The interest in liberty is a weighty one, but its duration in situations of this kind is limited: at stake for Hernandez was custody until the next appearance (scheduled for July 1), and perhaps much less (depending on when bond could be posted). The risk of error entailed in a rule that judicial decisions will not be re-examined appears to be slight. Hernandez did not offer any evidence (or point to any scholarly study) suggesting that state judges regularly order jailers to hold the wrong person. For all this record shows, Hernandez is one case in 10,000, and there would not have been an error in his situation either had he or his lawyer only raised the subject before Judge Carmody. (It is not a Sheriff's job to investigate and redress claims of ineffective assistance of counsel.) And the costs of using additional process could be substantial. The value of deputies' time is not the main potential cost. Instead the major cost arises from the risk of error.
The rule that Hernandez wants the Sheriff to follow, under which every deputy must be open to persuasion for as long as a person is in custody, would create a substantial possibility that by presenting his contention over and over even a guilty suspect would eventually find a deputy who did not understand the weight of the evidence and let him go. That would frustrate the public interest in carrying out the criminal law. To appreciate the risk of error, one has only to consider the point that Hernandez and his wife made: that very reliable documents (such as a passport) demonstrate that his first name is Emiliano. Yet that's only half the equation. What if Emiliano were indeed the wanted man, but the warrant was in the name of Enrique because Hernandez had put an alias over on the police and prosecutor responsible for the warrant? Sooner or later a prisoner and his family might find a jailer who did not appreciate that the validity of both names (and other details) must be pinned down before it is possible to know whether Emiliano and Enrique Hernandez are the same person. A jailer who did not understand this would make an error, and the error would prove irreparable if the wanted person could not be recaptured.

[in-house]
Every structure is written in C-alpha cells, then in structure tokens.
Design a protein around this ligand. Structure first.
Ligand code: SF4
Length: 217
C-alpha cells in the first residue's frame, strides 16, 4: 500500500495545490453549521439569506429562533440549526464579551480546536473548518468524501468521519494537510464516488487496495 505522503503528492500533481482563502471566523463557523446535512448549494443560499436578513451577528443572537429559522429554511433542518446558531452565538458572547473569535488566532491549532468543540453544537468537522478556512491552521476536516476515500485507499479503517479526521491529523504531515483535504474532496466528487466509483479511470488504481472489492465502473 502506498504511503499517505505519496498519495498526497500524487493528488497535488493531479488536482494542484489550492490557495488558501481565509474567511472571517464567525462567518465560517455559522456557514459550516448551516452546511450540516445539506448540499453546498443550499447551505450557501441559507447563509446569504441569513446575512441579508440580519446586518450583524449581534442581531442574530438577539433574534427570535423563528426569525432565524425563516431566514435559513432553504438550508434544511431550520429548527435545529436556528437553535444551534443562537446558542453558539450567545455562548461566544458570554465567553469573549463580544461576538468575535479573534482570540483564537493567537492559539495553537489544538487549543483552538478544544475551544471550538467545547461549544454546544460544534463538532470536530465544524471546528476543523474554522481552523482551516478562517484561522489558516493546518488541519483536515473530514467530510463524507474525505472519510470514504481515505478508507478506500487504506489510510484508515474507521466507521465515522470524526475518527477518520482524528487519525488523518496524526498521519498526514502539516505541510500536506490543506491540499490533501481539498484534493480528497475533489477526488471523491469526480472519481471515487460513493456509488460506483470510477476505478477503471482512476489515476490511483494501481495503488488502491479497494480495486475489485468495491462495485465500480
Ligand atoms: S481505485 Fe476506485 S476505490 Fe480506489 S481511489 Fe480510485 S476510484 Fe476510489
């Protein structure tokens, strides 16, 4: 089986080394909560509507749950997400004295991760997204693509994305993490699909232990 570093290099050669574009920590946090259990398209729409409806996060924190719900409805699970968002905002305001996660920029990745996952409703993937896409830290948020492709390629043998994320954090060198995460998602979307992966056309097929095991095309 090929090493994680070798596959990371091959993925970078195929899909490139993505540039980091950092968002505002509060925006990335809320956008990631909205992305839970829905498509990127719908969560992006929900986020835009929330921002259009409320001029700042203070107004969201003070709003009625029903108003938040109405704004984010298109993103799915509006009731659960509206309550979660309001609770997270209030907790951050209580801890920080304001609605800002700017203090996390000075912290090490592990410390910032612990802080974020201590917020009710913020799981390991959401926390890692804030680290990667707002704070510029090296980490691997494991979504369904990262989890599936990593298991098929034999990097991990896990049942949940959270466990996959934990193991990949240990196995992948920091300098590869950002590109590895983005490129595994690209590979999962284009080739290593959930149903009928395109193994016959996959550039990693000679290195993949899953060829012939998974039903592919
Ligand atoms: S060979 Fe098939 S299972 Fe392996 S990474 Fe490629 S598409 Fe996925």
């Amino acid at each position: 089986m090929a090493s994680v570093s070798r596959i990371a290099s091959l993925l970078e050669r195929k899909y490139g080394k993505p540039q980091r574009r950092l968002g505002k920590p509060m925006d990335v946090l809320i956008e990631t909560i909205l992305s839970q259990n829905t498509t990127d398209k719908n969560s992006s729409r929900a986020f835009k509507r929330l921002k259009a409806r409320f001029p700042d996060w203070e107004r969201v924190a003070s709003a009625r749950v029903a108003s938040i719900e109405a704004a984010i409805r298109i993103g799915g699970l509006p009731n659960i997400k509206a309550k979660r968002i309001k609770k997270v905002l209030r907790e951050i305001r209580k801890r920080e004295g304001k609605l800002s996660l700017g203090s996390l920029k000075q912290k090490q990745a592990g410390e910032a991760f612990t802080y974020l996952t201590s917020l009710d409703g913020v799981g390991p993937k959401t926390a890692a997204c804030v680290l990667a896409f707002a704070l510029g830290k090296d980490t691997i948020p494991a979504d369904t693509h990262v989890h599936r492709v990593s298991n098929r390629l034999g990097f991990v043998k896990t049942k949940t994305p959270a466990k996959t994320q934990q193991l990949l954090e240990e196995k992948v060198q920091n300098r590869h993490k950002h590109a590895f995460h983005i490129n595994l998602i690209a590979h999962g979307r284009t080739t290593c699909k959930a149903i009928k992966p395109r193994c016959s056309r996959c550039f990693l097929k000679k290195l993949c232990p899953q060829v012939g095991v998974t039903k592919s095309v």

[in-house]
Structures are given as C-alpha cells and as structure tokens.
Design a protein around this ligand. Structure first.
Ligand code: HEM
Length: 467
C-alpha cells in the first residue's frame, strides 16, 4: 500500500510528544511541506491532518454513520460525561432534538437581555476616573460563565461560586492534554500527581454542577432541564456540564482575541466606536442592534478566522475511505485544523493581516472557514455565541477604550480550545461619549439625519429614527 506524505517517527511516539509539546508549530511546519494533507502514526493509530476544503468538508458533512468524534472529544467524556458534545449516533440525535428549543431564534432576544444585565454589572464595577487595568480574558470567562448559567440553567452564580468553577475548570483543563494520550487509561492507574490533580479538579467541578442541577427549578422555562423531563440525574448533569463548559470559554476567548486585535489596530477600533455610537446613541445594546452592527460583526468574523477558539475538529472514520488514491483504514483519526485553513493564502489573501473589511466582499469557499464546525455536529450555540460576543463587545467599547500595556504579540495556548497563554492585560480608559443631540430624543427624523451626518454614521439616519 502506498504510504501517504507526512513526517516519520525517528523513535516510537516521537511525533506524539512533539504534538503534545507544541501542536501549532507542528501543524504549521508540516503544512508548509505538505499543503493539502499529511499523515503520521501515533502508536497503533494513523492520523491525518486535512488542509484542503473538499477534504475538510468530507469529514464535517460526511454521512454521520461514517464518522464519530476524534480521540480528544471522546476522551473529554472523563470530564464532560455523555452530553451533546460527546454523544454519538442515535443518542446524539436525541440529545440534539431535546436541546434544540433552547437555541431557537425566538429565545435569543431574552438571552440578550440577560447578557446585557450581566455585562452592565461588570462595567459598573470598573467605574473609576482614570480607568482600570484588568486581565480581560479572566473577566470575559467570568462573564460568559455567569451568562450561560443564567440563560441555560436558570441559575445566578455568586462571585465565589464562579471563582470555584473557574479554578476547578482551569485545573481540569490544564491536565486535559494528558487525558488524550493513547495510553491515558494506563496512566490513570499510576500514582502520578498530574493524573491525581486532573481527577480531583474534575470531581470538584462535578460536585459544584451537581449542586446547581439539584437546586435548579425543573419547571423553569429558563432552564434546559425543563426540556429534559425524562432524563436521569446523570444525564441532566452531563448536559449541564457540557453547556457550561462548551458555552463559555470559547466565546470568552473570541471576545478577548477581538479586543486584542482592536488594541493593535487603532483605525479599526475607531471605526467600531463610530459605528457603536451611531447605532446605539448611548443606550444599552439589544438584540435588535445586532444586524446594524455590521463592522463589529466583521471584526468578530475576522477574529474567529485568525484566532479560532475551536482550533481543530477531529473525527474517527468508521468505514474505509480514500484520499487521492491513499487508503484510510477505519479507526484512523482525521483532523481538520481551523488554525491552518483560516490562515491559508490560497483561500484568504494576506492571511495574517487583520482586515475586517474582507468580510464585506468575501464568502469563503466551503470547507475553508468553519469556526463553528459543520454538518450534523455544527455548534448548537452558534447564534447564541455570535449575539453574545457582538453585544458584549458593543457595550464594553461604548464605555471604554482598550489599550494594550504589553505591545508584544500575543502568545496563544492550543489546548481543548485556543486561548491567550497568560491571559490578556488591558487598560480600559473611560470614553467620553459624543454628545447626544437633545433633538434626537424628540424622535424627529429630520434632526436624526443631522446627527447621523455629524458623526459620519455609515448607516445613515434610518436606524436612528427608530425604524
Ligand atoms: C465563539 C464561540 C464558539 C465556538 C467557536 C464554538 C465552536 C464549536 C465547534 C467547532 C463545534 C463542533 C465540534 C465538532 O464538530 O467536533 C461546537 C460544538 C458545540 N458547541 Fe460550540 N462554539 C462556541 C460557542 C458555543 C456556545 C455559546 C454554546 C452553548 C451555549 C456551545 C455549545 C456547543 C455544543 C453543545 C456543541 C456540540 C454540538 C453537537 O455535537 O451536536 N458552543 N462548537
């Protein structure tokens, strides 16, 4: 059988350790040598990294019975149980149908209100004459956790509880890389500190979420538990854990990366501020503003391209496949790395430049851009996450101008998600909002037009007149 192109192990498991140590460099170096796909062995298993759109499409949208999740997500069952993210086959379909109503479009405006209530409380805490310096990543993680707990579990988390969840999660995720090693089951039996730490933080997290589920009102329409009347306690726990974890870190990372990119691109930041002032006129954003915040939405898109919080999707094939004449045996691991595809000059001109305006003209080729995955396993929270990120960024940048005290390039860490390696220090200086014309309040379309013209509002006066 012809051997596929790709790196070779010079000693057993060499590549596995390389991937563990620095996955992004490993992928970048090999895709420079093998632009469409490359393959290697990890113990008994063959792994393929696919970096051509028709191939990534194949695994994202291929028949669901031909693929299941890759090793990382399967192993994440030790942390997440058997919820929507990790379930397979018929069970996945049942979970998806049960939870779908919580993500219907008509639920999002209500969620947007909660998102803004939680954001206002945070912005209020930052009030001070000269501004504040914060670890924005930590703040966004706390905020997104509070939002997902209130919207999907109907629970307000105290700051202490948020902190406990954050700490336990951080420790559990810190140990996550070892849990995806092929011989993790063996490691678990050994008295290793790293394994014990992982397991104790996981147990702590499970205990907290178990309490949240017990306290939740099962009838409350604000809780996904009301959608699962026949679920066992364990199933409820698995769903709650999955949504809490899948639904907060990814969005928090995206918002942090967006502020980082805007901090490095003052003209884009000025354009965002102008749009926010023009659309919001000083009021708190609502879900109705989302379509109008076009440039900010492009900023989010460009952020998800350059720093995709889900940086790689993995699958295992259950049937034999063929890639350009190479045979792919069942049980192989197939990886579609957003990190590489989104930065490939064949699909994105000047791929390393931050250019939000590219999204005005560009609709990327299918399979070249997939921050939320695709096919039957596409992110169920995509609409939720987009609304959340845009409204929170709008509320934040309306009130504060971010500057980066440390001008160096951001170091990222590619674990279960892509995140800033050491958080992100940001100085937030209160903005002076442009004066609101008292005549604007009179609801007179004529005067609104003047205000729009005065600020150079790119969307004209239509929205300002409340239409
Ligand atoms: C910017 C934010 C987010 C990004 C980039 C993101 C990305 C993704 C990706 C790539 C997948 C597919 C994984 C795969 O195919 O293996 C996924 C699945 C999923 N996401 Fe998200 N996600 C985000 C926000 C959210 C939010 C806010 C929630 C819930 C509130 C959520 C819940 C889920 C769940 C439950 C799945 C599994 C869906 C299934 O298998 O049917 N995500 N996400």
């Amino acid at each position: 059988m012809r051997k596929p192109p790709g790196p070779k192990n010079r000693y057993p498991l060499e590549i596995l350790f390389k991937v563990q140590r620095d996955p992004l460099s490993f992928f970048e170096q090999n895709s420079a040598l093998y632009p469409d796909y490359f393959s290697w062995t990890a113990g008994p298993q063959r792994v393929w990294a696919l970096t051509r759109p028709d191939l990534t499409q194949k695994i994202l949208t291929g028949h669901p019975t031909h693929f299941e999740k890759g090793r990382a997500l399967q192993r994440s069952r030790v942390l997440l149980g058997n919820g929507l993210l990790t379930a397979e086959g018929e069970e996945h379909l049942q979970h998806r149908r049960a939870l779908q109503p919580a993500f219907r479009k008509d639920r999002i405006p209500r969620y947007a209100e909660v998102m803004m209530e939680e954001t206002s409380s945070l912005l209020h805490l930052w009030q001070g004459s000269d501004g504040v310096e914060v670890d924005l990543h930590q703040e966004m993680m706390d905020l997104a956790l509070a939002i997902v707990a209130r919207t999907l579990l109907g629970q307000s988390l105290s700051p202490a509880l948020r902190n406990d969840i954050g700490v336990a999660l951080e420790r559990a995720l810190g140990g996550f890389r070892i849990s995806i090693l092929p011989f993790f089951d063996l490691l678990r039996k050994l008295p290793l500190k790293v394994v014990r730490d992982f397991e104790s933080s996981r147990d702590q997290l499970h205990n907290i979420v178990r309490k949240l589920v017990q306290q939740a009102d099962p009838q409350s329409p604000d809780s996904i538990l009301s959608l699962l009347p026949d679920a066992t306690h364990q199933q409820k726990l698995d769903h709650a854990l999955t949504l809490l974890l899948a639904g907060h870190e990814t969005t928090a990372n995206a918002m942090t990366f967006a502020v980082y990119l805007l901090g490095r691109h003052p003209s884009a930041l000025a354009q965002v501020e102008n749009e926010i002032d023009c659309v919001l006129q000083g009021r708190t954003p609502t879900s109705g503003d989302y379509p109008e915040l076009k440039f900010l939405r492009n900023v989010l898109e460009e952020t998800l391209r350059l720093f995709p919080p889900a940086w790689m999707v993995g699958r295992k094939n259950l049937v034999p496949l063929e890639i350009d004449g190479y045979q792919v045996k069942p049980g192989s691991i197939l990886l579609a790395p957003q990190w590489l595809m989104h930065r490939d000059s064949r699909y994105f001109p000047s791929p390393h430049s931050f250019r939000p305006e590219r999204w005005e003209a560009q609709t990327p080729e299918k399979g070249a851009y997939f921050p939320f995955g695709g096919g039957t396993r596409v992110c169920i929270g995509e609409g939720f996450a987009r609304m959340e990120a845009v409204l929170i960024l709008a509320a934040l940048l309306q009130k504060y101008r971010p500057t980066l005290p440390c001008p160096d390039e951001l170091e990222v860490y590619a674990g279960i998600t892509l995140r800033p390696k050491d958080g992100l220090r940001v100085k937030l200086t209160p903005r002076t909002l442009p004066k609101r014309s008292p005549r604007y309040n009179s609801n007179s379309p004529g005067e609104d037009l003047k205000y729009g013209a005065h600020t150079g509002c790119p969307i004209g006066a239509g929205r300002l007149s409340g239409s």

The Sheriff's policy is the norm: ensure one hearing and abide by its outcome. State or federal law may offer the opportunity for extra hearings; think only of the way in which federal courts engage in collateral review of state criminal convictions. Whether and when a claim of actual innocence (despite a formal conviction) requires more judicial proceedings remains a contentious subject. See, e.g., House v. Bell, 547 U.S. 518, 126 S.Ct. 2064, 165 L.Ed.2d 1 (2006); Herrera v. Collins, 506 U.S. 390, 113 S.Ct. 853, 122 L.Ed.2d 203 (1993). But everyone assumes that, to the extent such claims must be entertained, the obligation rests on the judiciary rather than the jailer. Hernandez has not identified, and we are not aware of, any decision by the Supreme Court (or any court of appeals) holding that employees of the executive branch must hold a second hearing to decide whether to implement decisions taken by the judicial branch at an initial hearing.
If there were deficiencies in the hearing that the Circuit Court of Cook County offered Hernandez on June 11, then the right response would have been for his lawyer to insist that a better decision be made, and to appeal if the judge refused. There is no basis for an award of damages against executive officials whose policy is to carry out the judge's orders.
The judgment is affirmed on Hernandez's appeal and reversed on the Sheriff's.
EASTERBROOK, Circuit Judge.